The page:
So we got up early and headed to Galway on the west coast of Ireland. The bus ride was beautiful but I couldn’t stay awake. We got into the town around 3pm and met Jenny’s friend Brett. He studied for the semester in Galway so he took us on a tour of the town after we dropped our luggage off at the hostel. The first thing we saw was the river running through the middle of the town. It’s the fastest running river in Europe! It was definitely no joke, but the picture doesn’t make it look very impressive. There were no rails, so instead there are “ringboys” all along the edge, which is just what they call lifesavers.
It really only took about a half an hour to walk around, but I really loved the small-town feel. People were all incredibly nice. Then we had delicious fish and chips at a tavern. Cian, my Irish friend, also put on my list of tasks “eat fish and chips with brown sauce.” So after getting my steaming hot plate, I told Brett that I wanted some brown sauce for my chips. He was like “ok, but you need to ask her.” I wasn’t really sure why, but I went with it. It took me at least five attempts to get her attention. At IU my friends say I sound like I’m meowing when I say m’am, so needless to say getting waitresses attention can be challenging for me. I finally get her to come over to the table, and I ask, “May I have some brown sauce please?” She looks at me like I’m an idiot. The only response I get is “ok.” Then Brett informs me that it’s really weird to eat brown sauce with fish and chips. Thanks Cian! Apparently you’re the only one who does that, but you know what, I thought it was good. The brown sauce is basically like worcheshire sauce. Not bad on French fries!
Then we went and met some of Brett’s friends at a coffee shop. We ended up talking to these two girls Katie and Sarah quite a bit and because Brett had to work on papers, they decided to show us the local pubs. They were so picturesque in Galway. There were people playing live traditional Irish music while I sipped a coffee with Bailey’s by the fire! It was so much fun!
The next morning we headed to the coach station with our suitcases to see the Cliffs of Moher. Apparently only Jenny and I had signed up for the tour with our company so they had us join a different tour group. Our guide Peter was witty and so knowledgeable. First he drove us through the Burren and gave us some basic knowledge. The Burren is around 350 square kilometers of exposed limestone hills, but the interesting part is that this area contains 80% of the plant life of Ireland as a result of the high levels of nutrients in the stone, and its ability to hold warmth. It’s absolutely beautiful, raw, and enchanting land.
A part of the tour that we joined was a walking tour through a farm on the Burren. We had to pay another 8 Euros to go, and honestly I was a little skeptical. I’m so glad that I did it. It was lightly raining when we arrived, but John, the attractive, rugged, Irish farmer, took the group to a room full of rain gear and had us suit up. We put pants over our pants, jackets over our jackets, wellies over our shoes, and wollies our hair (wellies= rainboots, wollies = wool sock hats). I thought, “this seems excessive, but ok.” I could not have been more wrong. Once we got to the top of the hill the rain was beating my face and the wind actually knocked me over. But it was still one of the coolest experiences of the trip to get off the bus and experience the terrain. From the bus it looks like it’s just rock but once you’re up there there’s crazy plant life everywhere.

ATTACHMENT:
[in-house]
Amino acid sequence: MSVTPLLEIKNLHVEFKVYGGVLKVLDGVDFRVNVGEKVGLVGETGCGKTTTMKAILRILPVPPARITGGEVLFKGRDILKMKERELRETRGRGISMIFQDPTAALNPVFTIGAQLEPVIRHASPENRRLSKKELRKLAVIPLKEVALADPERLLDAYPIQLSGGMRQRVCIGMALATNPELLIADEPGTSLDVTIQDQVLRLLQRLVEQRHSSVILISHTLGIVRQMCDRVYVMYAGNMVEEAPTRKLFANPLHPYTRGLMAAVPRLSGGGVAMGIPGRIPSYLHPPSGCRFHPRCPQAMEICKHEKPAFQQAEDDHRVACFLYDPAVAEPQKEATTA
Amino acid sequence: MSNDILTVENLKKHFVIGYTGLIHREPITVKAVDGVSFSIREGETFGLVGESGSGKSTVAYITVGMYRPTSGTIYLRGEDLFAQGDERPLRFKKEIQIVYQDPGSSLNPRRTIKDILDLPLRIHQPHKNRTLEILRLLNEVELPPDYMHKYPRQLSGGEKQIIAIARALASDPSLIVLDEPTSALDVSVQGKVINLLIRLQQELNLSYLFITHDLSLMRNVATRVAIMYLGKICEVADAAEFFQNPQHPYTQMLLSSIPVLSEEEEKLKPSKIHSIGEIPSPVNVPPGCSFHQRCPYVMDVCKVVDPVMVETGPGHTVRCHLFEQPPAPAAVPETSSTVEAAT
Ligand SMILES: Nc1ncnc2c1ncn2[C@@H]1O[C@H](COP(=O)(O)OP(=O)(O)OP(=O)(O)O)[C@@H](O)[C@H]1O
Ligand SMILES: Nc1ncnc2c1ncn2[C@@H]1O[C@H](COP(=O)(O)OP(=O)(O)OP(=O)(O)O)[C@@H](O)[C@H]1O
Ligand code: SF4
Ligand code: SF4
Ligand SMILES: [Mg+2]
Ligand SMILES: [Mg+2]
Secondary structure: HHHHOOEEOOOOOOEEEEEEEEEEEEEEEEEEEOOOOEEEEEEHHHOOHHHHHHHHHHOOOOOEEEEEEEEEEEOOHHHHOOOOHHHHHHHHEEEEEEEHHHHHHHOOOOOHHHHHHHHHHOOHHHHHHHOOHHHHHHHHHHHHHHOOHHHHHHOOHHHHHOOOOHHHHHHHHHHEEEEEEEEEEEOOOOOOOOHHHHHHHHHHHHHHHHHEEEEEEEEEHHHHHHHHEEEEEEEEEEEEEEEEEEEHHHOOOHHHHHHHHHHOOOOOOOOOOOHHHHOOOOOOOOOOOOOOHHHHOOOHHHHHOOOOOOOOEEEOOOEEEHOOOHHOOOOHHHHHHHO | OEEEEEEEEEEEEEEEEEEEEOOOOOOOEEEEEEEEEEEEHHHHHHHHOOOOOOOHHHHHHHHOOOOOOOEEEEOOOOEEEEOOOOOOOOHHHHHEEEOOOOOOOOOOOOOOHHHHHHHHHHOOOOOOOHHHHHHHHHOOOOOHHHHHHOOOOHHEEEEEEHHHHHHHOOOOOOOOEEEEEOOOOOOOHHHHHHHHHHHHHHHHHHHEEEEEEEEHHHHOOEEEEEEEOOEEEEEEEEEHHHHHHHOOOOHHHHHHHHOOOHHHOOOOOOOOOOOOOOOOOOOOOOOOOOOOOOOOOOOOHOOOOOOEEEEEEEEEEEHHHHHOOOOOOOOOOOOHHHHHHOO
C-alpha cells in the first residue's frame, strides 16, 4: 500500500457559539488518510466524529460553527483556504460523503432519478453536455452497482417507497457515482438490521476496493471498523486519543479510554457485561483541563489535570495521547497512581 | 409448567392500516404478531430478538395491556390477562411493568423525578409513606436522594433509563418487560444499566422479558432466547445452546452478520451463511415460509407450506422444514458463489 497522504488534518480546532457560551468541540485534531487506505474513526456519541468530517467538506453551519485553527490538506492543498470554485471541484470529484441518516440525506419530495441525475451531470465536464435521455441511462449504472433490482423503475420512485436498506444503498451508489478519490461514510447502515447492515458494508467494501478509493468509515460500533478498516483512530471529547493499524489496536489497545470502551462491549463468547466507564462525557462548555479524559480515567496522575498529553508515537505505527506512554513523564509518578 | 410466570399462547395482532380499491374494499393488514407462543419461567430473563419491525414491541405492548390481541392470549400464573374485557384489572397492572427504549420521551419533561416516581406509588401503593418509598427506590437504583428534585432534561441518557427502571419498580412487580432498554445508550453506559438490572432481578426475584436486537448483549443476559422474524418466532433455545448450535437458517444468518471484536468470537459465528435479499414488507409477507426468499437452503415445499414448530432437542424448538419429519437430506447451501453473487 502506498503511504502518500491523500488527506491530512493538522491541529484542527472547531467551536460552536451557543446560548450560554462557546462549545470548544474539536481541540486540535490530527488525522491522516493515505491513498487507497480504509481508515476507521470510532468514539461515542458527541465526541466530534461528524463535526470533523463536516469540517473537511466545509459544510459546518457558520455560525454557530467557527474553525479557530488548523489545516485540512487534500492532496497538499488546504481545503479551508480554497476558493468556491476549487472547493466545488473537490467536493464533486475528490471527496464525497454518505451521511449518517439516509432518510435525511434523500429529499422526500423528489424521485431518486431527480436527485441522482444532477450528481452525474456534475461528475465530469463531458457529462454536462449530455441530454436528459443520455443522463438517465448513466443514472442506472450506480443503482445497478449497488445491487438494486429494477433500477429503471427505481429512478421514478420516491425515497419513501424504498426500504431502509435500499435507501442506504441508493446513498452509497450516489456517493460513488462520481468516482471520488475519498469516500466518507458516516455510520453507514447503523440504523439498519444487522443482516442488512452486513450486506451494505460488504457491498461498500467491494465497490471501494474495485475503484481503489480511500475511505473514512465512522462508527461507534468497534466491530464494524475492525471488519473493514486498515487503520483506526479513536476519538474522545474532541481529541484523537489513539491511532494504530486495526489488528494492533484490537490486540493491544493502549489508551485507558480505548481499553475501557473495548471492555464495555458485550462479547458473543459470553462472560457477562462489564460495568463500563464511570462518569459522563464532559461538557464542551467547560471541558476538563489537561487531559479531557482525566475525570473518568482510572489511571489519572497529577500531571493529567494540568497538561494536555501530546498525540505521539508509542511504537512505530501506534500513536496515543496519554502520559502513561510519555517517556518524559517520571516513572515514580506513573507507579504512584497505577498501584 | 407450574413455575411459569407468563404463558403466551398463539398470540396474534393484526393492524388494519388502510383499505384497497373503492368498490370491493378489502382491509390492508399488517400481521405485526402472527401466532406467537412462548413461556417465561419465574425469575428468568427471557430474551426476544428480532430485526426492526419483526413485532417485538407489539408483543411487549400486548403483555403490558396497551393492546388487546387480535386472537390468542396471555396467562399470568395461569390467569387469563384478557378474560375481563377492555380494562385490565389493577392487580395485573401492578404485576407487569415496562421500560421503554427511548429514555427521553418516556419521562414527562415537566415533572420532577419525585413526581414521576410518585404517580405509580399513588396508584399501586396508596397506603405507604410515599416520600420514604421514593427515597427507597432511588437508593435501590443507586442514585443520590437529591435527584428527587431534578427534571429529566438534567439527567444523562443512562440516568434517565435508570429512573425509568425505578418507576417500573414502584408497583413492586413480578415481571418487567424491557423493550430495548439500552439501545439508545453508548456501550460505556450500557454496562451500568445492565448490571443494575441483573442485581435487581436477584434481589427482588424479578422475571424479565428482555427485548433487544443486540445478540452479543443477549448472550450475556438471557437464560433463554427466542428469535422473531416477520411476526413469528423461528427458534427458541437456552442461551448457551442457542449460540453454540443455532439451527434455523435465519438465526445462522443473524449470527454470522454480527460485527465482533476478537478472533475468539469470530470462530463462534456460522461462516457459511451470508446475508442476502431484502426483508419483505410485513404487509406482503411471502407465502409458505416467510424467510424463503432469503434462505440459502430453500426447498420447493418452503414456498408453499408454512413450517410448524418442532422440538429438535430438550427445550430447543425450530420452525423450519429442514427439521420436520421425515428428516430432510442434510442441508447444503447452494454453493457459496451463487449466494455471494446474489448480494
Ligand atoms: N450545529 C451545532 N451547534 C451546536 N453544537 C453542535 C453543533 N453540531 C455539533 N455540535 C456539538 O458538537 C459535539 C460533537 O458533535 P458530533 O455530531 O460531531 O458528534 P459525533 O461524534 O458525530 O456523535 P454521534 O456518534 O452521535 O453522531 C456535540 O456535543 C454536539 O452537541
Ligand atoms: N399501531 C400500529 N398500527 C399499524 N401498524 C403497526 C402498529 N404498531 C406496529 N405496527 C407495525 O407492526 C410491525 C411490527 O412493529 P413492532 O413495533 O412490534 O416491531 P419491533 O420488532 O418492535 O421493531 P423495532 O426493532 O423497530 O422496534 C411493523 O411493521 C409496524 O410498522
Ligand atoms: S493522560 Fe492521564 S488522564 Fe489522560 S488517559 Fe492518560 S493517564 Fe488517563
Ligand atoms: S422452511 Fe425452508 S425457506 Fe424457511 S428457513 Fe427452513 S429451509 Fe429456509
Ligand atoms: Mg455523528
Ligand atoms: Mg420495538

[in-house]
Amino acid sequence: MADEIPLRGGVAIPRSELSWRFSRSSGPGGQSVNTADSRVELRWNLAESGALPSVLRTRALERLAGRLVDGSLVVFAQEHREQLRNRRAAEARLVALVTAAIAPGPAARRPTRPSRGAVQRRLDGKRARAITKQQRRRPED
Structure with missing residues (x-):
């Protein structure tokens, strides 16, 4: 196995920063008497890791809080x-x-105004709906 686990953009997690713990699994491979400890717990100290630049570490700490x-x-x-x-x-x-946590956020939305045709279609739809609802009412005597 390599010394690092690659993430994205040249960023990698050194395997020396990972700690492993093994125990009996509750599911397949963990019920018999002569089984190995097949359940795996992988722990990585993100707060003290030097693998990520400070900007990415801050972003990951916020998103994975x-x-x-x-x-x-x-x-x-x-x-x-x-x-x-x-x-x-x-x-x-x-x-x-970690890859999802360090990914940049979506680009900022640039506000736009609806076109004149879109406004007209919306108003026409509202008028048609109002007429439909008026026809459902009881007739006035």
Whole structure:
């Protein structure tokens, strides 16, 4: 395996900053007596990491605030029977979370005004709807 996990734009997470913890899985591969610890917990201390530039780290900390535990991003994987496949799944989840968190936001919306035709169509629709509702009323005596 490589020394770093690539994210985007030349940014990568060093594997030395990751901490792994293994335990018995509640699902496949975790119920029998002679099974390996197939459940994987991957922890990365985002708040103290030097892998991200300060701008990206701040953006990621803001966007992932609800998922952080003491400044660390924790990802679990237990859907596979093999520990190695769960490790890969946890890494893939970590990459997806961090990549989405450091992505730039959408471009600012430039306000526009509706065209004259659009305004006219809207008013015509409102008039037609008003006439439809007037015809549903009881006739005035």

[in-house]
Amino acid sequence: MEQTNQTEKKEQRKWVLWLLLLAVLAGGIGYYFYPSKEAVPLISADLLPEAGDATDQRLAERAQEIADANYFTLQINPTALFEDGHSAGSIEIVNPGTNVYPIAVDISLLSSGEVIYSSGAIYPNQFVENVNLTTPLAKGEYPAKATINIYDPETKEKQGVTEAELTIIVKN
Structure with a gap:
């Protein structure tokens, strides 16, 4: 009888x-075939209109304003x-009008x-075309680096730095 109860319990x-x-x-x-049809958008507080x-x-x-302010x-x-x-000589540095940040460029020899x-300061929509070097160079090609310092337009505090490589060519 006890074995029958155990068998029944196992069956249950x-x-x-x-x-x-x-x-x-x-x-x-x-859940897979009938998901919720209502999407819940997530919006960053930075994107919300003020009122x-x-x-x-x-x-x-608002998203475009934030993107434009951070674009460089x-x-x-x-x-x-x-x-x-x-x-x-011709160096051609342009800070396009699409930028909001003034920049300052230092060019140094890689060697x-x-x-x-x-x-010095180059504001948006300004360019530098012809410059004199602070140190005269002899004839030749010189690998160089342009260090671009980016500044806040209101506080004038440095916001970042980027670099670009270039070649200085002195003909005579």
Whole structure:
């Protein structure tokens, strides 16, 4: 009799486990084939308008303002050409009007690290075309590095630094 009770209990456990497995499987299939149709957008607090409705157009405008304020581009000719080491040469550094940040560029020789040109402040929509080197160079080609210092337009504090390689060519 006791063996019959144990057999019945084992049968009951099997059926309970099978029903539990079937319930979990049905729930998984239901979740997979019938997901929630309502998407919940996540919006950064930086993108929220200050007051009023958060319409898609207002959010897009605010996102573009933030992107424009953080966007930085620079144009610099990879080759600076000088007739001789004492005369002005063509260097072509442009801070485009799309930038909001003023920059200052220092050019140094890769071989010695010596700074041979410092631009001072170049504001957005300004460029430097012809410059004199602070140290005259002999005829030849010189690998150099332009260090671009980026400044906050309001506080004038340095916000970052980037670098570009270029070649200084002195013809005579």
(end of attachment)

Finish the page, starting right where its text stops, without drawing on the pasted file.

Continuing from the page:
After the walking tour we got back on the bus and headed to a set of small cliffs for a photo stop. I thought they were amazing, but I didn’t even know how much cooler it would get.
Then we got to the Cliffs of Moher. It was such a beautiful, mystical place. It was weird, but there was something almost spiritual about that place. I felt overwhelmed by the nature God created. It was so simple, yet so breathtaking. It just made me think about the intricate artwork, we humans create. Honestly that art will never be adequate in comparison to what God made from the earth. I don’t even know if that makes sense, but that’s how I felt in the moment.
On the tallest cliff there’s a Tower with green grass coming down from it, and I’ve never seen grass look like that. It was long, but blown down by the wind. It looked like velvet and it was so enchanting.
After that overwhelming experience, we went and saw a 5800-year-old dolmen! The wonders of the Burren are never ending! A dolmen is an ancient burial site, in which the people built a hill over the body and then placed stones on top of it. Honestly I had no idea that Art History class at the beginning of my time in Spain would be this useful. But it makes me feel really good whenever I can actually identify and understand things that like.
After the tour we were exhausted so we slept all the way to Dublin and then headed straight to the hostel to go to bed! The next morning was our last day in Dublin so we decided to try and hit the things we had missed before. Our first stop was Merrion Square. You know those Doors of Dublin calendars? Well all those doors from a square around a little park, and that’s Merrion Square.
A ton of literary figures have lived there, like Oscar Wilde and Yeats. There’s even a statue of Oscar in the park so I had to continue my homage to Mr. Wilde and take my picture with his statue (last year I kissed his grave in Paris).
It was another sunny day in Dublin so Jenny couldn’t resist soaking up the sun in the park, and it was the perfect opportunity for a shadow group pic!
That night we continued our Christmas spirit and walked to the other side of the river to see the Christmas lights, and then we went and saw a Christmas Carol with Jim Carrey. It was a nice, relaxing way to end the trip because we had to get up at 4am the next day to head to the airport. Ireland was amazing. I highly recommend it to anyone!